Samuel Scott was born in 1804 in Clinton County, Kentucky and moved with his family to Wayne County, Kentucky as a youth. There he married Abigail Victoria Smith in 1824. In 1836, the couple and their growing family moved to Missouri, settling in Bates County on the Kansas line. Scott was a 52- year- old successful farmer when he pioneered in Kansas Territory in 1854. His family were the first settlers in Scott Township in north central Linn County. [Cutler, History, Linn County]
Charles Jennison (1834-1884)
Jayhawker Leader in Linn County, Kansas
Scott had several slaves working on his Kansas farm and his outspoken advocacy of slavery in the Bogus Legislature and at home was a source of irritation to his free-state neighbors. He was threatened several times and in 1858, believing the pro-slavery cause lost in Kansas, he took his slaves to Missouri and sold them to a trader. The sale deprived the active Linn County "Underground Railroad" of the opportunity to transport Scott's slaves, which further incensed the free-state forces. [Cory, Slavery in Kansas, 238] Other allegations against Scott were that he had harbored Missouri "Bushwhackers" on their raids into Kansas [Watts, How Bloody Was Bleeding Kansas, 129] and that he had come back twice after being "expelled" by free-state vigilantes. [Sanborn, Some Notes, 262]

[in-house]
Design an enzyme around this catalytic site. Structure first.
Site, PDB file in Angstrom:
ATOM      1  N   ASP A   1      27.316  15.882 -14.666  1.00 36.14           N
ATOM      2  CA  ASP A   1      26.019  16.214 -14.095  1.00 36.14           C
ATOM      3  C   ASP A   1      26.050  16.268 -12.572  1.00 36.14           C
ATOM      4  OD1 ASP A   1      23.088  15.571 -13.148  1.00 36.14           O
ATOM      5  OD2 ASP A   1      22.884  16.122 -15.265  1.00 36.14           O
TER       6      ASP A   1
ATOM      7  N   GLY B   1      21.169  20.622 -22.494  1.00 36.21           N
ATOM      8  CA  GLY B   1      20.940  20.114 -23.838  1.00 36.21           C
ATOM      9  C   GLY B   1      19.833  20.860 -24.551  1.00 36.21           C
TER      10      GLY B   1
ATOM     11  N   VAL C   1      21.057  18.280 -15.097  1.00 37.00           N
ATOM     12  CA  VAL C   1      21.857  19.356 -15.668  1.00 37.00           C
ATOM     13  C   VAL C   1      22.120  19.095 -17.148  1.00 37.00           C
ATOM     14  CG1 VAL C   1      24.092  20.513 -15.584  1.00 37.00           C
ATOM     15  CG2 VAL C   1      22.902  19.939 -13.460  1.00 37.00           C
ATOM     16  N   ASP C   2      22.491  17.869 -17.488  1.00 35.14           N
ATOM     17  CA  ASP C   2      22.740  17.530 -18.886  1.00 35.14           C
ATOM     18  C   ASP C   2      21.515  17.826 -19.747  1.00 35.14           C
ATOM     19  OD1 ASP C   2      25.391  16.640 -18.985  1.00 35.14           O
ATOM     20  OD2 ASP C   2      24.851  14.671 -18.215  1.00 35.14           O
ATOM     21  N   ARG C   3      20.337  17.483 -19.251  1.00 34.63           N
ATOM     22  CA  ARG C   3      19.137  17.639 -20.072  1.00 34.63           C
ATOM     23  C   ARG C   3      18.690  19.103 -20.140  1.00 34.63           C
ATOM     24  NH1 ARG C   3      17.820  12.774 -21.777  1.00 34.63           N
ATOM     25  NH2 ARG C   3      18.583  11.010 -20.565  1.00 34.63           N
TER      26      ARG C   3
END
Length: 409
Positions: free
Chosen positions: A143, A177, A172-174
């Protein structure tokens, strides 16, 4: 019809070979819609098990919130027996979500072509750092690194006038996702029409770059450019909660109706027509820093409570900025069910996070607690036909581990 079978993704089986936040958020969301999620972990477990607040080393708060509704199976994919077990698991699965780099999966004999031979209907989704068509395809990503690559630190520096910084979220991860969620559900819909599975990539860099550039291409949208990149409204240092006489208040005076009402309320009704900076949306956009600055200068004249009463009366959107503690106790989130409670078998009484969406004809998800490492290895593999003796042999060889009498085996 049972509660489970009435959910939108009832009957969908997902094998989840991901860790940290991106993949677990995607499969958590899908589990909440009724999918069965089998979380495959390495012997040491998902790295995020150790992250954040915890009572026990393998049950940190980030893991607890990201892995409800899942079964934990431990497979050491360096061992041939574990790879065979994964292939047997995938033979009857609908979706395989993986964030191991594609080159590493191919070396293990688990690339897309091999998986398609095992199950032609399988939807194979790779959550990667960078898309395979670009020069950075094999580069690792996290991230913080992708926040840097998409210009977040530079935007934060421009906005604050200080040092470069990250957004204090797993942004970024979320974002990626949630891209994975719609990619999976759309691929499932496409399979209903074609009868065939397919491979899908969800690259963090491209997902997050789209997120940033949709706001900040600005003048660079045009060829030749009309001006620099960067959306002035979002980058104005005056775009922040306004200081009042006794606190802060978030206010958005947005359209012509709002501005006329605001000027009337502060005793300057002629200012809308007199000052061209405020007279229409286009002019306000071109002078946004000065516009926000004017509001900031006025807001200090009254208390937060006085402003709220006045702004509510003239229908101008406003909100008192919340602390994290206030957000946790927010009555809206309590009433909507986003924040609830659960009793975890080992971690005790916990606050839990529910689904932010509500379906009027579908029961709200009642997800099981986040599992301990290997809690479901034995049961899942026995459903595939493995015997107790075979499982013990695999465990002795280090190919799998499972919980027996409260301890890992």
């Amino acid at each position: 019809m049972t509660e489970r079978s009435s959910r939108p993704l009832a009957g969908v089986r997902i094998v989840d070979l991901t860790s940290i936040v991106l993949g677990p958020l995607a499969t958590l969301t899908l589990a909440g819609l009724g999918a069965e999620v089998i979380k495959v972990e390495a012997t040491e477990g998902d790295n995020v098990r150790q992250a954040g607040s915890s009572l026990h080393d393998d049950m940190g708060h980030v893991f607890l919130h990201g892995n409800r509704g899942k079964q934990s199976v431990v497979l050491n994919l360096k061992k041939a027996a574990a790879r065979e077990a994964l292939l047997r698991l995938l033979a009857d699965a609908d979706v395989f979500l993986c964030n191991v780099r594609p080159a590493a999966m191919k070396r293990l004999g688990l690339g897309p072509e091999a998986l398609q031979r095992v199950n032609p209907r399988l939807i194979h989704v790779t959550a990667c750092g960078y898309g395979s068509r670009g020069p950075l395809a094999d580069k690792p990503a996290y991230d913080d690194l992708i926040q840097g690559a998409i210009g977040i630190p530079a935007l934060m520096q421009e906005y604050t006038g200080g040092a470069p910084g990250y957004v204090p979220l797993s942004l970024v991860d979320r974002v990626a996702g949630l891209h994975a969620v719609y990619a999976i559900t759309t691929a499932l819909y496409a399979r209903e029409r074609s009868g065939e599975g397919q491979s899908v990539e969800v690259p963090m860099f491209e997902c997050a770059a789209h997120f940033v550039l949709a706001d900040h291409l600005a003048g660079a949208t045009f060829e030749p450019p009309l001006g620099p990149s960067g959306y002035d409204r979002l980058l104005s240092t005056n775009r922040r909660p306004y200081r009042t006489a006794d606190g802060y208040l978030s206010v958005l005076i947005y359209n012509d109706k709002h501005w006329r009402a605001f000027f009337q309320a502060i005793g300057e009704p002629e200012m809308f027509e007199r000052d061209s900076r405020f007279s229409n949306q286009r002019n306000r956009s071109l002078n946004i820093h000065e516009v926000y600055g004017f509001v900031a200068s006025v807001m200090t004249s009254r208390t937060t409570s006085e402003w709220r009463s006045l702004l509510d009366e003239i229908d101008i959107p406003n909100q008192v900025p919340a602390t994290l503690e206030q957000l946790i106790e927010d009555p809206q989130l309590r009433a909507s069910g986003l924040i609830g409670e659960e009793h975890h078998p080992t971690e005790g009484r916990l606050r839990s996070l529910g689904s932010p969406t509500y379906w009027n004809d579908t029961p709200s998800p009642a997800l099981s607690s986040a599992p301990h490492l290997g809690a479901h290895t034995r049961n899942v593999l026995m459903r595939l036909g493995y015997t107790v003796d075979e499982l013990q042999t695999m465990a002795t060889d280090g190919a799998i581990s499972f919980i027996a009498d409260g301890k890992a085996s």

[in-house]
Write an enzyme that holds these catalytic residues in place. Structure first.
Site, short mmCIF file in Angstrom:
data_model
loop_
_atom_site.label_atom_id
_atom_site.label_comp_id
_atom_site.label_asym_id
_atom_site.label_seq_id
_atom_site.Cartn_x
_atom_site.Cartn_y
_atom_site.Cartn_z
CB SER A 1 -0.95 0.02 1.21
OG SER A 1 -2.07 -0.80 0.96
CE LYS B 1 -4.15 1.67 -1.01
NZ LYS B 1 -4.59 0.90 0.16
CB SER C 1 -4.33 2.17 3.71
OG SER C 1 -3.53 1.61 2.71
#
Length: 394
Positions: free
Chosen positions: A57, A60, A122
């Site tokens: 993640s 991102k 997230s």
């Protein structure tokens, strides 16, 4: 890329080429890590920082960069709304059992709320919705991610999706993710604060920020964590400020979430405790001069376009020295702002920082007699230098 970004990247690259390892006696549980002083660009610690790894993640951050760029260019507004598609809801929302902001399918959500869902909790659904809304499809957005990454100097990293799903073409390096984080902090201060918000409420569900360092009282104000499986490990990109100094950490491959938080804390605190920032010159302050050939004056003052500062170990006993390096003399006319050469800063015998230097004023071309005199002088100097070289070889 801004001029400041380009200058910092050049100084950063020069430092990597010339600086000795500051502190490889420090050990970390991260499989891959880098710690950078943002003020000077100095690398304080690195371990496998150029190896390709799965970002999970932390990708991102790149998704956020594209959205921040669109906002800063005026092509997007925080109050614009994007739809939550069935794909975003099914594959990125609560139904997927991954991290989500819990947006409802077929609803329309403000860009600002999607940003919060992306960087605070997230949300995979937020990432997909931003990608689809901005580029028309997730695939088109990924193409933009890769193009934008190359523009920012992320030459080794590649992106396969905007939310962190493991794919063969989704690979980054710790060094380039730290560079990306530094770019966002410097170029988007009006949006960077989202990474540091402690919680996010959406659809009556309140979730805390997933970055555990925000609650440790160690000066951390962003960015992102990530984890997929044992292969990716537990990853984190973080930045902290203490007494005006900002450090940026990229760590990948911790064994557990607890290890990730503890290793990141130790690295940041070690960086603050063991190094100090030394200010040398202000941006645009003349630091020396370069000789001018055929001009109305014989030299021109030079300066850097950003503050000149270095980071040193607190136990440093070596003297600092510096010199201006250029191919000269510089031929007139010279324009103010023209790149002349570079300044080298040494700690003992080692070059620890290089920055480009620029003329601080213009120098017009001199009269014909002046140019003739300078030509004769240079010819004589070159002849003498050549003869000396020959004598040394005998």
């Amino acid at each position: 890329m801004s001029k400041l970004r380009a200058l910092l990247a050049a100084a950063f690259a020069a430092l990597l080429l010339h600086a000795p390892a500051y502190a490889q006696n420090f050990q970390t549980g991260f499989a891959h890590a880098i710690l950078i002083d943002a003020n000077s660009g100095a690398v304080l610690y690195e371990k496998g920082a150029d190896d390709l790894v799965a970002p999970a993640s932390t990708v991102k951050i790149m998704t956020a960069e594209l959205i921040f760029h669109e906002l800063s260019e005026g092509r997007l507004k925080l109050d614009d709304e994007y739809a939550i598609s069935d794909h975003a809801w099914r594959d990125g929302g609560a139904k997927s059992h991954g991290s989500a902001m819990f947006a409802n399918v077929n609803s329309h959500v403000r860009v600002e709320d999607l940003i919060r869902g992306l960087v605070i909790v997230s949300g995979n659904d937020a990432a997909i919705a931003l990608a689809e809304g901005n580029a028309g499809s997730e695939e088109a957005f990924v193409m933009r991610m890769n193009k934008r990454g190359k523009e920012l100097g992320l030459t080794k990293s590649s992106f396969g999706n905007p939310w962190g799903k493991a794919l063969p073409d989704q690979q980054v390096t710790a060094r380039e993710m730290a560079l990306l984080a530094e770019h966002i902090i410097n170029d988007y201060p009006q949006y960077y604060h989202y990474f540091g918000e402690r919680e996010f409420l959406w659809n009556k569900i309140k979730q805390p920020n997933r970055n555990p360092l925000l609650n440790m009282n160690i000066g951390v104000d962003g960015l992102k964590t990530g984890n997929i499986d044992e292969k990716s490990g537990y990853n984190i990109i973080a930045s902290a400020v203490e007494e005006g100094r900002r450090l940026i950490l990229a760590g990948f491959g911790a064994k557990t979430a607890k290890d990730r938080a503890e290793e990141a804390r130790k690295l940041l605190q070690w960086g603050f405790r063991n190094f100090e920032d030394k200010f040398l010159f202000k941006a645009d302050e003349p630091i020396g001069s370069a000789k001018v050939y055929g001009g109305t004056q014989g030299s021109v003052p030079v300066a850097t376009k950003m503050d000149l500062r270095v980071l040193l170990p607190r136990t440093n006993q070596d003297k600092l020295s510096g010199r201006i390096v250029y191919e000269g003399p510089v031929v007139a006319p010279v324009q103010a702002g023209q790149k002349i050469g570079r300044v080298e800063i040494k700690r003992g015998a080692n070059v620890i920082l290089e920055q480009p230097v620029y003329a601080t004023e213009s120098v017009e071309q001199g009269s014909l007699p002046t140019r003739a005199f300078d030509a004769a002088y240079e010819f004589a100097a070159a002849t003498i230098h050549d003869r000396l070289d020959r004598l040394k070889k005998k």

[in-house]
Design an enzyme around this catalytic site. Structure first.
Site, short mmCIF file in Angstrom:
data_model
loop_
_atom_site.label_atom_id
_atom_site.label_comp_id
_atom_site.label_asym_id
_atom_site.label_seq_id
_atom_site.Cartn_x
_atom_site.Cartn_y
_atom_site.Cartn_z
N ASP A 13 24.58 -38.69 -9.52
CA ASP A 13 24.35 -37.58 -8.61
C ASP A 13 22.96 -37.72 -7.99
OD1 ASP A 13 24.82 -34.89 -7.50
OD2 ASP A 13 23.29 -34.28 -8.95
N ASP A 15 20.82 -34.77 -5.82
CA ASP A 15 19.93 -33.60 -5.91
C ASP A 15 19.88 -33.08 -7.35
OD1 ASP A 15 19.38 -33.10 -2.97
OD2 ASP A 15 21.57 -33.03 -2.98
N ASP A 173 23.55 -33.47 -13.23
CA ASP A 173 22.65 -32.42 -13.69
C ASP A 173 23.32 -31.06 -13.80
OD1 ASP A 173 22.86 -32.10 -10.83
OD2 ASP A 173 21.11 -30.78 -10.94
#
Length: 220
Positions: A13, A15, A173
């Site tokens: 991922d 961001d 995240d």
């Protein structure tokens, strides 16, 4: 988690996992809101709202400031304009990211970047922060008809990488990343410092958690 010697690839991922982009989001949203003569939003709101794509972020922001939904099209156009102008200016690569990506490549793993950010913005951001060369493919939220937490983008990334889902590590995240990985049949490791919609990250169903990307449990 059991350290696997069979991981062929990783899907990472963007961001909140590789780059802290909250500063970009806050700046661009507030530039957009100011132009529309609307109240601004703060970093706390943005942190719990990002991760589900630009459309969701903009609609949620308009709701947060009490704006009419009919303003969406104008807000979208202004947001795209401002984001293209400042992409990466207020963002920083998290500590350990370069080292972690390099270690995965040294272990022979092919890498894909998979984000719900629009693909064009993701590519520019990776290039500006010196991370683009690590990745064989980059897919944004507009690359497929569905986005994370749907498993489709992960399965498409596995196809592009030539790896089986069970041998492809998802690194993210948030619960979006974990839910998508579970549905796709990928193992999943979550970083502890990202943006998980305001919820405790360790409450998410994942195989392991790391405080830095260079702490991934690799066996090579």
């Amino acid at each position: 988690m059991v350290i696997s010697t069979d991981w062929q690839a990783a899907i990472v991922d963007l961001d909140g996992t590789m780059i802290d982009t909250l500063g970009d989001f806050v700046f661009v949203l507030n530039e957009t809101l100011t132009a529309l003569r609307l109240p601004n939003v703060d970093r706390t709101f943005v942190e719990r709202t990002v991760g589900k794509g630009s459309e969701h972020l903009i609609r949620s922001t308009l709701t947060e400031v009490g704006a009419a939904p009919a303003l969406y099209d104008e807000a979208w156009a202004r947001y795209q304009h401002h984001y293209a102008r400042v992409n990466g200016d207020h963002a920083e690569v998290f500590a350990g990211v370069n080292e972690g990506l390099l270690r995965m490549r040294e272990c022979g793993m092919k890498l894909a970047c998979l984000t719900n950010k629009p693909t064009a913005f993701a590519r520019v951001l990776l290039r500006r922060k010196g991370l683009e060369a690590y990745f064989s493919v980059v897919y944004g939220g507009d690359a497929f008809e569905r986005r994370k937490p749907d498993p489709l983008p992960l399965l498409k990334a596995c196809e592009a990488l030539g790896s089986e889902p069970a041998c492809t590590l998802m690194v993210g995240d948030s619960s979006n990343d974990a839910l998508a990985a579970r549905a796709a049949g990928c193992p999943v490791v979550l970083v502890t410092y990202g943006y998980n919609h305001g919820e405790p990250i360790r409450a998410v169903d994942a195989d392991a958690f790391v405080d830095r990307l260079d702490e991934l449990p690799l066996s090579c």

Linn County was headquarters for Colonel James Montgomery, Campbellite preacher and militant abolitionist and for Colonel C. R. Jennison, leader of a group of "Jayhawkers" who conducted raids into Missouri. On November 18, 1860, a group of Jennison's men came to Scott's farm, called him out and hanged him in his front yard.
Harry Jasper Harris, a 13-year-old neighbor from an upstate New York family, described the hanging many years later:
"Sam Scott lived 13 miles south east. He was a proslavery man and Voted that ticket and used to own Slaves in Southern State. His wife was Dead and he had two single Girls 18 and 20 years of age that kept house for him. They were Fine looking Girls... One Day some armed Men Rode up to Sam Scotts House and said they wanted him to go with them. He hesitated; But one of the Men says Sam we won't hurt you. And so he went. They took him about 200 yards from the house. Plain in sight and Hung him to a tree. The Girls was watching and when they see what they were doing, they ran--one with an Ax; and the other with a Butcher knife--to cut him down; before they could cut him down he--was Dead. My two sisters and I with our oxen and wagon went over to Sam Scotts after some Peaches a short time after he was Hung. They had told us to come, at about that time. When telling us about the Death of their Father, the Girls would weep so they could scarcely talk." [Harris, My Story,5553ff]